President Rajapaksa has given instructions to officials to subject all arrivals at the Bandaranaike International Airport (BIA) to PCR tests and obtain the results at the BIA premises ahead of sending them to quarantine centres.
The President's Media Division, issuing a Media release, noted that the President had informed the health sector and BIA officials to send the arrivals to a special location till the PCR test results are received and to provide them with all facilities at a special location.
During this discussion, it had been deliberated at length on the issues that have to be faced when subjecting Lankan expats arriving from the Middle East to PCR tests and when placing them in quarantine centres.
Afterwards, it had been decided to set up a lab to carry out PCR tests within the BIA premises and the President had emphasized on the importance of maintaining such a lab at the BIA premises as the COVID-19 pandemic was likely to remain for months to come.
It had also been decided to explore the possibility of subjecting Sri Lankan nationals to PCR tests within the countries before they head off on the plane journey as that would enable the Lankan authorities to speed up the possibility of sending those infected with the illness to hospitals and to send others to quarantine centres.
By yesterday, Ministry of Foreign Affairs, based on President's directives, issued a new set of guidelines to all missions in Colombo.
The revised instructions are as follows:
The respective Diplomatic Missions may inform the Ministry of Foreign Relations (MFR) by a Note Verbal, the details of the diplomats and their family members who are scheduled for entry/ re-entry into Sri Lanka for the diplomatic assignments well in advance in order to obtain the prior approval from the concerned authorities.
The members of the Diplomatic staff and their family members need to submit PCR test reports obtained within 72 hours prior to their departure from respective countries.
If the members of the Diplomatic staff and their family members are unable to provide PCR test reports, they would be subjected to a mandatory PCR test at the Bandaranaike International Airport, Katunayake.
Heads of Mission and family members will self-quarantine at the Official Residences. All other arriving Diplomatic staff and their family members will have to follow quarantine procedures at a hotel, recommended by the Government of Sri Lanka (if independent/separate residences are not available), for a period of 14 days, subject to concurrence and supervision of the Heads of Mission.
The Diplomatic Missions/Representations need to inform the Ministry of Foreign Relations once the 14-day home quarantine is completed and submit the second PCR test report done by the Mission before the Officer resumes duties in the Mission as per the measures taken by the Mission to control and prevent the spread of Coronavirus.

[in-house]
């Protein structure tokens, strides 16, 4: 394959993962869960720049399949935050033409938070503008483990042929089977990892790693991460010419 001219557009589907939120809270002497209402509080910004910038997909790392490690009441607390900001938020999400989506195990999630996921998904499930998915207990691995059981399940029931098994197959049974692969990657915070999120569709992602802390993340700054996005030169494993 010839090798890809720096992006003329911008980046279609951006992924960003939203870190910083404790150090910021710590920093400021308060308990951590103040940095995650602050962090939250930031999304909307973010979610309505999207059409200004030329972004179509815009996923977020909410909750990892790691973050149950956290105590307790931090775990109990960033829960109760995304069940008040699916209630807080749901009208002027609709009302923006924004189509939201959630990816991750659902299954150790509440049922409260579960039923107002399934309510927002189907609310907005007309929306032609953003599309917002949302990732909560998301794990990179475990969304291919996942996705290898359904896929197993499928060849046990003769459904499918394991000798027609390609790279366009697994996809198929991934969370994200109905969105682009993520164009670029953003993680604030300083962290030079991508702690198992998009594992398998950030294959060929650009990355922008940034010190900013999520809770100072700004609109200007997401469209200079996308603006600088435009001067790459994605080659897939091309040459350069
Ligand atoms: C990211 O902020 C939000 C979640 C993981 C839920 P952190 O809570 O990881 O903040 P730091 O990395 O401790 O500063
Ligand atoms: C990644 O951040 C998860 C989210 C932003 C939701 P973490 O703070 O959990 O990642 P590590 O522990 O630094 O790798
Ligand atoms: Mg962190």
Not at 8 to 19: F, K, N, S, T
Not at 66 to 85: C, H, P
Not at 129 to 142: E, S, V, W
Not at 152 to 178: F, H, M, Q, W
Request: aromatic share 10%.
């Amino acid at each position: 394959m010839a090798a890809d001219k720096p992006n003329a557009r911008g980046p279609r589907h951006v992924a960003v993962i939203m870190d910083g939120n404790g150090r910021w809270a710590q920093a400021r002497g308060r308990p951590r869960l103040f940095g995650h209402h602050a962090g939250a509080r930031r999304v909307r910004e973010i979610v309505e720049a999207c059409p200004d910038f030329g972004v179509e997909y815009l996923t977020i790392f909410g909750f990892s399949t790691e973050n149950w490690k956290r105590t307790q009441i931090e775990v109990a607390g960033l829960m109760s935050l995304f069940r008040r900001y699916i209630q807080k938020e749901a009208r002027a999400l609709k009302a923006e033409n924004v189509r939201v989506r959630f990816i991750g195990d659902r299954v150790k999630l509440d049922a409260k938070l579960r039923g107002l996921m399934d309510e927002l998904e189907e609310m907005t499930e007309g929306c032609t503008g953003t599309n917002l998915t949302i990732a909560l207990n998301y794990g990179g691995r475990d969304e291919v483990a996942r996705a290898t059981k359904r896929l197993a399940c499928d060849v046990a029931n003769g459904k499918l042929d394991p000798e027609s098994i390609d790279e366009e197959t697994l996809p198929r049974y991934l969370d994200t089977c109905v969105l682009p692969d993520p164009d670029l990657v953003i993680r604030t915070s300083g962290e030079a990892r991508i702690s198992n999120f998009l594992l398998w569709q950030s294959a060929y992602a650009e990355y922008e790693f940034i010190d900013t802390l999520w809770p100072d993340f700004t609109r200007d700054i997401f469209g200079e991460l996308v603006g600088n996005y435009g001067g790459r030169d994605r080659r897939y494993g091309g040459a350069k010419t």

The Diplomatic Missions/Representations have to forward the travel details of the Diplomatic staff and their family members at least 48 hours prior to their departure to the Chief of Protocol of the Ministry.
The Foreign Ministry further notes that travel by Diplomatic Officers to Sri Lanka will be approved, subject to their concurrence to follow the above procedures issued by the Government of Sri Lanka.
Should not be taken lightly
Though the U.S. Embassy and all parties involved tried to play it down, various parties were seen raising concerns about the manner in which things were handled.
A common concern raised was whether the authorities should take such a huge risk of let a person who had apparently come from the biggest epicentre of COVID-19 via another epicentre of COVID-19 to enter Sri Lanka, which has thus far successfully managed to keep the virus from reaching community level.
Expressing disappointment over the incident, former MP Namal Rajapaksa said what was needed now was cooperation and respect more than ever.
"Reports regarding a US diplomat refusing PCR tests at BIA are so disappointing. Vienna Convention or not, the world's in the midst of a global pandemic and what we need more than ever is cooperation and respect of one another's national frameworks which are put in place to save lives," he tweeted.
Not the first time
Meanwhile, several experts in International Relations also pointed out that this is not the first time U.S. nationals, especially those who have arrived under 'diplomatic immunity' have refused to comply.
"If one could recall, a US officials staying at Jaic Hilton Residencies, in the soon aftermath of Easter Sunday attack refused to comply with security checks and a top political hierarchy intervened to stop local defence officials from interrogating the personnel in question. It seems U.S. is using its familiar tactic of advocacy in crisis times," they opined recalling how they tried to rush MCC and SOFA agreements during the crisis period after Easter Sunday attacks.
When Ceylon Today sought further clarification on which division the diplomat in question is attached to, the Embassy spokesperson responded with the standard response that was sent out to all Media outlets on the matter, perhaps an indication that they do not wish to reveal any further details.
An internal memo was also circulated through email to almost all the employees at the Embassy stating three key points i.e. that the fact that the person in question refusing PCR test was a lie, he was put under quarantine and that proper procedure was followed as per Foreign Ministry guidelines.
That internal correspondence also does not have any indication as to who the individual is or under what programme he is attached to. According to those who are familiar with internal matters of the US affairs, an Embassy would react in such a discreet manner, only if it is a matter pertaining to the Planning and Assistance Advisory Team (PATT) members. They closely work with the Ambassador and often only report to the head of the Mission. Details are generally not shared with the host country as they come on a specific project and such persons would only stay as long as six months at a single entry.
"If the person who came was a regular diplomat, there is no reason for such individual being summoned at a time the country is in virtual lockdown. Probably the person in question should be a naval intelligence officer or someone of similar status," experts opined while adding such persons were engaged in programmes that undertaken by the Indo-Pacific Command especially during the 2018-2019 period where the U.S. was engaged in developing schools in the East, especially in the Trincomalee area.
Such programmes were carried out in the Sainthamarathu area even three days prior to the Easter attack, they pointed out, while noting the interest the U.S. has shown in having control in the Trincomalee Harbour has not been diluted.